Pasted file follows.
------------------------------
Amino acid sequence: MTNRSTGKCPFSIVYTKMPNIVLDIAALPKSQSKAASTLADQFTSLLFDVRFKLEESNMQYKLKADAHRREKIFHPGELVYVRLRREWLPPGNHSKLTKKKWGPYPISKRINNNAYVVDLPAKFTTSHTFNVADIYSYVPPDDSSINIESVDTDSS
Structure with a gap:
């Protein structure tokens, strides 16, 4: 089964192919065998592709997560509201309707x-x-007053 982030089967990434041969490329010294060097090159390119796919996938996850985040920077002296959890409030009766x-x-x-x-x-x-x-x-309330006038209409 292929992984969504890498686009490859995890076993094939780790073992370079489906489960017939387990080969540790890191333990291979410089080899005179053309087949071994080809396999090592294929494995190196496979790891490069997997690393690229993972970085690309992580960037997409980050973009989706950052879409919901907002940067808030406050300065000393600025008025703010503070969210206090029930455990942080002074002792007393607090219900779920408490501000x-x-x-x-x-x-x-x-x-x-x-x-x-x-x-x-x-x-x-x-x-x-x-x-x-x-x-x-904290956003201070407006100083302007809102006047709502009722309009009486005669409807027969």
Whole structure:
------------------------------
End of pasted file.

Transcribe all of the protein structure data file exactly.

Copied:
Amino acid sequence: MTNRSTGKCPFSIVYTKMPNIVLDIAALPKSQSKAASTLADQFTSLLFDVRFKLEESNMQYKLKADAHRREKIFHPGELVYVRLRREWLPPGNHSKLTKKKWGPYPISKRINNNAYVVDLPAKFTTSHTFNVADIYSYVPPDDSSINIESVDTDSS
Structure with a gap:
């Protein structure tokens, strides 16, 4: 089964192919065998592709997560509201309707x-x-007053 982030089967990434041969490329010294060097090159390119796919996938996850985040920077002296959890409030009766x-x-x-x-x-x-x-x-309330006038209409 292929992984969504890498686009490859995890076993094939780790073992370079489906489960017939387990080969540790890191333990291979410089080899005179053309087949071994080809396999090592294929494995190196496979790891490069997997690393690229993972970085690309992580960037997409980050973009989706950052879409919901907002940067808030406050300065000393600025008025703010503070969210206090029930455990942080002074002792007393607090219900779920408490501000x-x-x-x-x-x-x-x-x-x-x-x-x-x-x-x-x-x-x-x-x-x-x-x-x-x-x-x-904290956003201070407006100083302007809102006047709502009722309009009486005669409807027969």
Whole structure: